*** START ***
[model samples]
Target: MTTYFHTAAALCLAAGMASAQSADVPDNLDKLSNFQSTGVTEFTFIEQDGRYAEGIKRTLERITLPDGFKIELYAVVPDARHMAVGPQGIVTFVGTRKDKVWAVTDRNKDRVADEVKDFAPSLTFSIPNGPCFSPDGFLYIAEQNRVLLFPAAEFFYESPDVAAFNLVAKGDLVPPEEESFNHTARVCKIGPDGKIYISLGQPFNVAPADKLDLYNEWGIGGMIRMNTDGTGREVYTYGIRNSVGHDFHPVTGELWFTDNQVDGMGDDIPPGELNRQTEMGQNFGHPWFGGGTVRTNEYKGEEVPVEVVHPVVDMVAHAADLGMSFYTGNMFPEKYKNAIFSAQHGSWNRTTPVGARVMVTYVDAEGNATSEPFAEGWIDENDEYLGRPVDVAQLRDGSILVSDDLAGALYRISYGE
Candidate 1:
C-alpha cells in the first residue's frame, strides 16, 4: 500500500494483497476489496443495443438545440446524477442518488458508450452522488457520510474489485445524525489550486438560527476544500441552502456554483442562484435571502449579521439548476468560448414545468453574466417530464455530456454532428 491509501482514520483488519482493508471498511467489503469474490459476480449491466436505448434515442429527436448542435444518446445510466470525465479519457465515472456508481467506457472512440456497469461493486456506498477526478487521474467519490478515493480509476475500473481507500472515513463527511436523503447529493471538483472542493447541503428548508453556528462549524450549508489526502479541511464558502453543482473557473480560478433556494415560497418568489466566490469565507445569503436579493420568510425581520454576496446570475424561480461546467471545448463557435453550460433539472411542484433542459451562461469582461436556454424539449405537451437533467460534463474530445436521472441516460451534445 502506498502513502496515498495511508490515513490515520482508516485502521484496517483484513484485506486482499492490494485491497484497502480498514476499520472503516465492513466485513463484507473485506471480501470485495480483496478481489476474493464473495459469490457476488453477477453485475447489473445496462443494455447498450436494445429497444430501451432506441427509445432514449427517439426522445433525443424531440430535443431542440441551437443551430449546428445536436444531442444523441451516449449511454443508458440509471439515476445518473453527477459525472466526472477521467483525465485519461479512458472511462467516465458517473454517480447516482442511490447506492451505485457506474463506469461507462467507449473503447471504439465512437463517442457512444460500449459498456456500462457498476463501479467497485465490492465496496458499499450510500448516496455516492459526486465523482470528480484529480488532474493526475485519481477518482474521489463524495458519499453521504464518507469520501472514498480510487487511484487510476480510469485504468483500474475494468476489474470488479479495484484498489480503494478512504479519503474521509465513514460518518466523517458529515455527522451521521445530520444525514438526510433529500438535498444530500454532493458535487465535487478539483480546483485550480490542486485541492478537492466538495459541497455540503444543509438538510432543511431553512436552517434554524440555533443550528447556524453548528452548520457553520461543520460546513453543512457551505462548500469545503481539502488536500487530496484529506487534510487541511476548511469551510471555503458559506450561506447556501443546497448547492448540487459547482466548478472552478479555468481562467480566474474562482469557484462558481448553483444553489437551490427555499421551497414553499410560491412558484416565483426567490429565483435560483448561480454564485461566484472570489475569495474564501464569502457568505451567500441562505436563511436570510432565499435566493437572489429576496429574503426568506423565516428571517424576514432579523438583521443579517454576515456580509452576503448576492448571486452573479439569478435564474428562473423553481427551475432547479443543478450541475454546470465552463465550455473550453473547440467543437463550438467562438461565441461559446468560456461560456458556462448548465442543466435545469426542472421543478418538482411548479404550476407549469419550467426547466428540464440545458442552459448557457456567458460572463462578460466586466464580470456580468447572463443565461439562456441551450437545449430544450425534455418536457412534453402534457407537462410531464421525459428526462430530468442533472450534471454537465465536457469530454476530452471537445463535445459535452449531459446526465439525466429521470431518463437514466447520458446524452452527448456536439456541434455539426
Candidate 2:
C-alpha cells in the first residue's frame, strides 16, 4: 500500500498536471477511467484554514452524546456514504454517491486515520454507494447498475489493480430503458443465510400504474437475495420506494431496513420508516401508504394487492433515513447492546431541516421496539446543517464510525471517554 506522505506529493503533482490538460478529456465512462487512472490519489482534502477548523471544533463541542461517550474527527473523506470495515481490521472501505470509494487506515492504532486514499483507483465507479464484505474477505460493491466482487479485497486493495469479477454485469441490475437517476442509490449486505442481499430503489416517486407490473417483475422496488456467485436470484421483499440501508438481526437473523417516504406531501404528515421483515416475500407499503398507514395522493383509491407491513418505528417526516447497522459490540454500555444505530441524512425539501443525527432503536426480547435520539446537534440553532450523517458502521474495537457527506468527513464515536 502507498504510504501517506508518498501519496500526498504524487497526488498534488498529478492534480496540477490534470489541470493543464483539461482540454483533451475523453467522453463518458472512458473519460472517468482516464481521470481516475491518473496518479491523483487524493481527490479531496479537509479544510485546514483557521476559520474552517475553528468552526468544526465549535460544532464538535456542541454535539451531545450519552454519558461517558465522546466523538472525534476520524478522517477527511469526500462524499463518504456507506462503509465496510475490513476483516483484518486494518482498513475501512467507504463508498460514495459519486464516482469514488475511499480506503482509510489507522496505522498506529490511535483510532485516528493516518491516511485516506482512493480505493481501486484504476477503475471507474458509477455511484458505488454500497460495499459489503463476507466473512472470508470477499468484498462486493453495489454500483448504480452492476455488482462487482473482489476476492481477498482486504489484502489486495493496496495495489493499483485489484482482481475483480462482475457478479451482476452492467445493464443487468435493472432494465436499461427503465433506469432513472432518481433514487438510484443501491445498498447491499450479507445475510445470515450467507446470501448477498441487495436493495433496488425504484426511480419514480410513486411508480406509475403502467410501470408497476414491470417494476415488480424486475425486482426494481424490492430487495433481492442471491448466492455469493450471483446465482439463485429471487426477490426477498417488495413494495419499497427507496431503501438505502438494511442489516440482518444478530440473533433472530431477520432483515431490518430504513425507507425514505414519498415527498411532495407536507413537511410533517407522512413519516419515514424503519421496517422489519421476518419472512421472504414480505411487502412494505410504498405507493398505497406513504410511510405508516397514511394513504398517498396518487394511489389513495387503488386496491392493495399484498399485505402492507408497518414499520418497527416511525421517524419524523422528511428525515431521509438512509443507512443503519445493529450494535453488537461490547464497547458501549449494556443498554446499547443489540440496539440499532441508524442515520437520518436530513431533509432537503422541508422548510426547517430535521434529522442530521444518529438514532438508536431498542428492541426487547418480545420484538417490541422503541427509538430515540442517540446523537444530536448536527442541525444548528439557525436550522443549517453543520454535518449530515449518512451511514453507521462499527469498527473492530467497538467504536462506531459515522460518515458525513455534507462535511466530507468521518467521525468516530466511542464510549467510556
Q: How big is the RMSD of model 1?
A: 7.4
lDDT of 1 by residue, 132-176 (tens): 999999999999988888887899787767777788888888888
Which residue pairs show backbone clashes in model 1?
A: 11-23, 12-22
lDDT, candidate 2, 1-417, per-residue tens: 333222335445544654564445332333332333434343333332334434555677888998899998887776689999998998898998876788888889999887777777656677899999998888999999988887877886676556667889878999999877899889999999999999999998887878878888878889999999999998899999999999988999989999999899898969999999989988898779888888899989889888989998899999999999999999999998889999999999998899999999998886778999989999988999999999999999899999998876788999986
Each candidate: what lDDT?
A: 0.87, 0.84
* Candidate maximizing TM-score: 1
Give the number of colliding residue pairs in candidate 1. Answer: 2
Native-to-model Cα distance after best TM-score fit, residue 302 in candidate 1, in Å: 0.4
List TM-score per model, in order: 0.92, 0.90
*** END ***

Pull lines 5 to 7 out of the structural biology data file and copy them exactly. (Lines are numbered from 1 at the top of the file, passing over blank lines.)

Candidate 2:
C-alpha cells in the first residue's frame, strides 16, 4: 500500500498536471477511467484554514452524546456514504454517491486515520454507494447498475489493480430503458443465510400504474437475495420506494431496513420508516401508504394487492433515513447492546431541516421496539446543517464510525471517554 506522505506529493503533482490538460478529456465512462487512472490519489482534502477548523471544533463541542461517550474527527473523506470495515481490521472501505470509494487506515492504532486514499483507483465507479464484505474477505460493491466482487479485497486493495469479477454485469441490475437517476442509490449486505442481499430503489416517486407490473417483475422496488456467485436470484421483499440501508438481526437473523417516504406531501404528515421483515416475500407499503398507514395522493383509491407491513418505528417526516447497522459490540454500555444505530441524512425539501443525527432503536426480547435520539446537534440553532450523517458502521474495537457527506468527513464515536 502507498504510504501517506508518498501519496500526498504524487497526488498534488498529478492534480496540477490534470489541470493543464483539461482540454483533451475523453467522453463518458472512458473519460472517468482516464481521470481516475491518473496518479491523483487524493481527490479531496479537509479544510485546514483557521476559520474552517475553528468552526468544526465549535460544532464538535456542541454535539451531545450519552454519558461517558465522546466523538472525534476520524478522517477527511469526500462524499463518504456507506462503509465496510475490513476483516483484518486494518482498513475501512467507504463508498460514495459519486464516482469514488475511499480506503482509510489507522496505522498506529490511535483510532485516528493516518491516511485516506482512493480505493481501486484504476477503475471507474458509477455511484458505488454500497460495499459489503463476507466473512472470508470477499468484498462486493453495489454500483448504480452492476455488482462487482473482489476476492481477498482486504489484502489486495493496496495495489493499483485489484482482481475483480462482475457478479451482476452492467445493464443487468435493472432494465436499461427503465433506469432513472432518481433514487438510484443501491445498498447491499450479507445475510445470515450467507446470501448477498441487495436493495433496488425504484426511480419514480410513486411508480406509475403502467410501470408497476414491470417494476415488480424486475425486482426494481424490492430487495433481492442471491448466492455469493450471483446465482439463485429471487426477490426477498417488495413494495419499497427507496431503501438505502438494511442489516440482518444478530440473533433472530431477520432483515431490518430504513425507507425514505414519498415527498411532495407536507413537511410533517407522512413519516419515514424503519421496517422489519421476518419472512421472504414480505411487502412494505410504498405507493398505497406513504410511510405508516397514511394513504398517498396518487394511489389513495387503488386496491392493495399484498399485505402492507408497518414499520418497527416511525421517524419524523422528511428525515431521509438512509443507512443503519445493529450494535453488537461490547464497547458501549449494556443498554446499547443489540440496539440499532441508524442515520437520518436530513431533509432537503422541508422548510426547517430535521434529522442530521444518529438514532438508536431498542428492541426487547418480545420484538417490541422503541427509538430515540442517540446523537444530536448536527442541525444548528439557525436550522443549517453543520454535518449530515449518512451511514453507521462499527469498527473492530467497538467504536462506531459515522460518515458525513455534507462535511466530507468521518467521525468516530466511542464510549467510556
Q: How big is the RMSD of model 1?